The case for Tobacco to become a licenced
Politicians in Iceland are set to debate a law that
would make cigarettes available only with a doctor’s prescription.
Under the terms of a proposed new law introduced by the former
minister of health, Siv Fridleifsdottir:
• Only smokers aged 20 and older would be allowed to buy
• Cigarettes would be sold only in pharmacies. Eventually,
only smokers with a doctor’s certificate would be able to
• Doctors would work with smokers to help them break free
from their habit. Those that cannot or will not stop, would be granted
a medical license to purchase nicotine.
• Cigarette costs would increase by 10% initially (which according
to the WHO, should lead to a 4% to 8% decline in smoking rates)
but eventually, once cigarettes were available by prescription only,
prices would drop down below current prices.
President of the Icelandic Society of Cardiology, Thorarinn Gudnason,
helped draft the proposed law. Commenting on the plan to eventually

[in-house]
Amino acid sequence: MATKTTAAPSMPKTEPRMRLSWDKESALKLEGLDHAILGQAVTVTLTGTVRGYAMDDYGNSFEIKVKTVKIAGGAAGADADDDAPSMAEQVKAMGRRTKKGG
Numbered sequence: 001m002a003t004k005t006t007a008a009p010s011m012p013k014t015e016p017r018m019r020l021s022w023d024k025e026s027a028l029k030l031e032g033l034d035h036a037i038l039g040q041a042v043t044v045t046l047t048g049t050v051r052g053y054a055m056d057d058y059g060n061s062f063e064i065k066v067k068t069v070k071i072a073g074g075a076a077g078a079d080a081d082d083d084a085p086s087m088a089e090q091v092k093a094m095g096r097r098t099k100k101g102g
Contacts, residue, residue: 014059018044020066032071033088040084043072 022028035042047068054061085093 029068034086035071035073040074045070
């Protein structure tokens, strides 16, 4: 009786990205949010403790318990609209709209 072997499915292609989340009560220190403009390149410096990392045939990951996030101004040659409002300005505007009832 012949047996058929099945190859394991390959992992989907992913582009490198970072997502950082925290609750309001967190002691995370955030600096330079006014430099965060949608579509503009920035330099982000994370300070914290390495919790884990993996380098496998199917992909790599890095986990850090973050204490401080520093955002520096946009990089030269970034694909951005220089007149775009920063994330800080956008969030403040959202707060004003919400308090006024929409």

reduce the price of cigarettes, he explained, “Under our plan,
smokers who are given prescriptions will be diagnosed as addicts,
and we don't think the government should tax addicts."
Price increases and reduced disposable income after the nation’s
economic crash are credited with cutting smoking rates from 30%
in 1991 to 15% today – which is one of the lowest smoking
rates in Europe. Other measures already in place to further reduce
smoking rates over the next 10 years include a coming ban on smoking
in all public places and in cars carrying children.
The proposed law is backed by the Icelandic Medical Association
and various anti-tobacco groups. At present, 20% of deaths in Iceland
are attributable to smoking, a figure that health experts think
they can reduce by two thirds with tough anti smoking measures.